yozh said...
This comment has been removed by a blog administrator.
Michael Saunby said...

yozh, you're getting an exception which the script thinks is a timeout, but could be something else - a missing library, a typo. If you've some Python coding skills you'll get there pretty quickly once you dive into the code.

To simplify things have a look at the script

Maybe comment out the xively_init() and xively_write() lines.

If it's not working for you the "restart" stuff isn't helping you, and this script doesn't do that.

uri schatzberg said...

thank you very much for this tutorial.
i am trying to run this on an ubuntu machine. how do i compile bluez-5.4 for linux and amd processor?
the gatttool doesn't work when i just make at the directory.
i would appreciate any help

Dave said...

This info has got me from zero to a long ways, pairing and reading data from the command line etc. Thank you! But I have been stuck for awhile now trying to get working for me. (Apr 2013version) It hangs at from sensor_calcs Import*
Can't find that module. Is that module something you wrote or should it have been part of gatttool or bluez install?

yozh said...

II was never able to get this to work. It always said the same thing as above.

Michael Saunby said...

See SensorTag and Raspberry Pi revisited for an update on this post and for the code.

Kishen Someshwar said...

if i want to make multiple connections simultaneously then how would the procedure be altered? for now i am doing something like this:

gatttool -b 90:45:ER:34:56 - I

char-read-hnd 0x25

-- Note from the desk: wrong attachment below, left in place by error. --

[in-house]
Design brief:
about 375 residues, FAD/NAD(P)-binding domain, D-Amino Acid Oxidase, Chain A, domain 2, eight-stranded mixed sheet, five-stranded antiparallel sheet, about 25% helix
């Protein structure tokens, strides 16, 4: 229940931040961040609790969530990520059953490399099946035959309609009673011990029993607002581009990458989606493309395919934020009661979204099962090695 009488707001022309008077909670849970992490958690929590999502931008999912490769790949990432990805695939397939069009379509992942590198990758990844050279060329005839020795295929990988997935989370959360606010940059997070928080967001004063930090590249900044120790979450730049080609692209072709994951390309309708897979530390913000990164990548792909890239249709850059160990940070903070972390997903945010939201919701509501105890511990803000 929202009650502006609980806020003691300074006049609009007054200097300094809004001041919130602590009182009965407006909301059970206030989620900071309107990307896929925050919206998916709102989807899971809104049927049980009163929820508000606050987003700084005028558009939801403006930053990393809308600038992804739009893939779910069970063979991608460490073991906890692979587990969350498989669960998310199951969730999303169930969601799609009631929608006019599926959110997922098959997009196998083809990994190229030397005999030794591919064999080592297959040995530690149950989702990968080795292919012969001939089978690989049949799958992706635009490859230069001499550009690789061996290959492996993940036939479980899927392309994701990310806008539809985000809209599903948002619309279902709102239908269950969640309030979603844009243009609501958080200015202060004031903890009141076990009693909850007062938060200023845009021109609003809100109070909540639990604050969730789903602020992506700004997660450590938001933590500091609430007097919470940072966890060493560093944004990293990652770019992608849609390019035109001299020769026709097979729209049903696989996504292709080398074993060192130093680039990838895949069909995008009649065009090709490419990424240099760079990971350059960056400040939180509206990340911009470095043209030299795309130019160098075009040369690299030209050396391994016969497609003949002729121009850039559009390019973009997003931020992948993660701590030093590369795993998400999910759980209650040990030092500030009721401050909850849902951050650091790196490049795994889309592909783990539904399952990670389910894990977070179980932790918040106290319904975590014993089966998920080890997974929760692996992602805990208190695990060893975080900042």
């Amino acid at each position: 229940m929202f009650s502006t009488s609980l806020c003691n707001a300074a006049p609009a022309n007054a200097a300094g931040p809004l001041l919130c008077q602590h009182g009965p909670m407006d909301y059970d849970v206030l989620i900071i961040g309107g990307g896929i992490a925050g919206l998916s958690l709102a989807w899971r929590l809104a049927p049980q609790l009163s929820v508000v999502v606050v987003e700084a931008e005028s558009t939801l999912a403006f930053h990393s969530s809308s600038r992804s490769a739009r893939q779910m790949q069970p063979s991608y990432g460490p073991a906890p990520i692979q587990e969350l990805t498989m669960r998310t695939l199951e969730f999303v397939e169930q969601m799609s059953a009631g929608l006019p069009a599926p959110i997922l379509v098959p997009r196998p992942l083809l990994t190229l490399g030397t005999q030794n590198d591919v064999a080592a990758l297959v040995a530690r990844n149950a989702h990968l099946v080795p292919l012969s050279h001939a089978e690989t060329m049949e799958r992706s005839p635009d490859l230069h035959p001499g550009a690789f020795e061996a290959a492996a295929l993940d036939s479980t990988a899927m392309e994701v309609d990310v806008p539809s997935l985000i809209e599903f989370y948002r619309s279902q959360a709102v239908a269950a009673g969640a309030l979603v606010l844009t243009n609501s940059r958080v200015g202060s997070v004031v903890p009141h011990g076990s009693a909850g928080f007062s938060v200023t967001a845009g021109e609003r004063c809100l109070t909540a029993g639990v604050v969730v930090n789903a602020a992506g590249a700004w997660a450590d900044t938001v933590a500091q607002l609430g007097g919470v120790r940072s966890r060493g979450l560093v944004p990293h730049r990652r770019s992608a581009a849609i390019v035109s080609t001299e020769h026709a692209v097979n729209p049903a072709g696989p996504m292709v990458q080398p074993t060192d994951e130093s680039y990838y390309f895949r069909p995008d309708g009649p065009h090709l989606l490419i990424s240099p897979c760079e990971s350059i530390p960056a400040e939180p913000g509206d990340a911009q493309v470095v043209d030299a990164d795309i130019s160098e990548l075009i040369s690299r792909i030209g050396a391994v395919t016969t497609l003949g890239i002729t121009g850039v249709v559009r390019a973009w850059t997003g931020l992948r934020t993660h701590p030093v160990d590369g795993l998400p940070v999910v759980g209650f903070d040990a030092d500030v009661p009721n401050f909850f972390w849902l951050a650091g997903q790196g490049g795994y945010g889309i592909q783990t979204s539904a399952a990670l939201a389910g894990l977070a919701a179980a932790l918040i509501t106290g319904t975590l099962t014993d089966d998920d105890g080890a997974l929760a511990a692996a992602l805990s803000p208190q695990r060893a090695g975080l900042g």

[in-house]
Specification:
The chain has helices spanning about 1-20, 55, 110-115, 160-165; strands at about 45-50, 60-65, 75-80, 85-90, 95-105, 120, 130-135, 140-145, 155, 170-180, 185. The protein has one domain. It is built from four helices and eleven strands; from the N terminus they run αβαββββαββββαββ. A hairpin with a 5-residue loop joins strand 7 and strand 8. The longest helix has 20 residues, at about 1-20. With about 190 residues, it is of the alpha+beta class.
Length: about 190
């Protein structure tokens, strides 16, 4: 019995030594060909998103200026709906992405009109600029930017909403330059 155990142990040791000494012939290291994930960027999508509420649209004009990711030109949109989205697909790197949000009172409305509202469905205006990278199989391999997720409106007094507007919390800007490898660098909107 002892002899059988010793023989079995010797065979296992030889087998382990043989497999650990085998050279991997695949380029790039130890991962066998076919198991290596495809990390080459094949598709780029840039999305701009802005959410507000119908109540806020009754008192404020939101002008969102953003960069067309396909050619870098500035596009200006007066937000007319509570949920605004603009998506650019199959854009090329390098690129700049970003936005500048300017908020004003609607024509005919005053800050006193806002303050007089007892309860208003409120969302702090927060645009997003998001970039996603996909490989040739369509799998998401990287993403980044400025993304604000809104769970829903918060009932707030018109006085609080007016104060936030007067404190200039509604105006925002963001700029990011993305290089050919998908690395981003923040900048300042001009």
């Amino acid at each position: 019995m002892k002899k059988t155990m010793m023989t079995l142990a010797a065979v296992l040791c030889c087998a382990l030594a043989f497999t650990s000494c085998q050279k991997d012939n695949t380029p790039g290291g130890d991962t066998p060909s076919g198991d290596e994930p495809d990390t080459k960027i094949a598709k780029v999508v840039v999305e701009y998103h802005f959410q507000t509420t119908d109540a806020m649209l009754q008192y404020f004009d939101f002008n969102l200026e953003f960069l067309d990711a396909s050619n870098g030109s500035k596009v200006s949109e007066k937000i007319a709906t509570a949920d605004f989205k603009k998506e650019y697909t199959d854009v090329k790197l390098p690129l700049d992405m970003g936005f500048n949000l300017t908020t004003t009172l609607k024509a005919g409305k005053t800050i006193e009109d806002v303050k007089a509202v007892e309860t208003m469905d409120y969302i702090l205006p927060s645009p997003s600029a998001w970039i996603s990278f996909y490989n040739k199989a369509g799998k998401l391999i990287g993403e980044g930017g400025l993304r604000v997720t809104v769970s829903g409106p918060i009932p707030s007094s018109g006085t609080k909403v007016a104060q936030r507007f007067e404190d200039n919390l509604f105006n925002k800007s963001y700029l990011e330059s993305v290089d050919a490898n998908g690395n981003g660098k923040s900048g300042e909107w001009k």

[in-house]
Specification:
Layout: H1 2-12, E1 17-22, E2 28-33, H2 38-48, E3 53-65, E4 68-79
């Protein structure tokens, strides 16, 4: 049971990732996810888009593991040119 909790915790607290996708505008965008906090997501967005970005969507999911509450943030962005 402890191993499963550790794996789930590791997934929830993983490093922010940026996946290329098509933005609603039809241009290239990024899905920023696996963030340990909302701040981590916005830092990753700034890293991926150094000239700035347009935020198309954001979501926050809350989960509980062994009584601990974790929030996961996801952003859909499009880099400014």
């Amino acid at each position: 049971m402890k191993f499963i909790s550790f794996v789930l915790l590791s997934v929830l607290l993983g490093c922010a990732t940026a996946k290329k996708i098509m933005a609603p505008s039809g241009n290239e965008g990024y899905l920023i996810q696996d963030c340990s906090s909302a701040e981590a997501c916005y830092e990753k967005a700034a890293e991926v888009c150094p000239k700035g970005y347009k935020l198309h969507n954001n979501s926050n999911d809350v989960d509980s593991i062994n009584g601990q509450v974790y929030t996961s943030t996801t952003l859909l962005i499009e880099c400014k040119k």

char-write-cmd 0x29 01
char-read-hnd 0x25

It shows some values like ae 23 er uk
I am a newbie playing with BLE. I would really appreciate some guidance

Hoyt Clagwell said...

I see you are using pexpect to "shell out" & use the command there a reason the following commands are not included in this shell process (to make the connecting process fully under program control)?

To enable the bluetooth adaptor and find your SensorTag device address do the following -

sudo hciconfig hci0 up
sudo hcitool lescan

python [ADDRESS]

Hoyt Clagwell said...

I see only part of the connection process is done with pexpect...can the entire process be done with pexpect (such as lescan and lecc)...I tried it myself without much luck yet (don't know much about pexpect).

address do the following -
sudo hciconfig hci0 up
sudo hcitool lescan

Press the side button and you should get a couple of lines showing the device is working. Hit Ctrl-C to exit. Now you're ready to g

Mn Nm said...

I found your sample code for reading ambient and object temperature in python. However, i don't completely understand this:

tosigned = lambda n: float(n-0x10000) if n>0x7fff else float(n)

How i read the above piece of code:
if n>0x7fff: n = float(n-0x10000)
else n = float(n)

Basically what is happening is that the two's complement value is converted to float. Why should this only happen when the value of n is greater than 0x7fff? If the value is 0x7fff or smaller, then we just convert i to float. Why? I don't understand this.

Marco Tonoli said...

did anyone has find a definitive solution for 180 sec standby? i wann use this device to put it in a remote location, and sometimes natural event-based check some data but presso side button is not simple.
I tried some test but i have not the raspberry BT so tested with my android S4 but when open the firmware page device sensor-kit reset.
Also, can someone what is A and B firmware? are alternative each other? how i can boot with A or B firmware?

sorry for multiple question :-)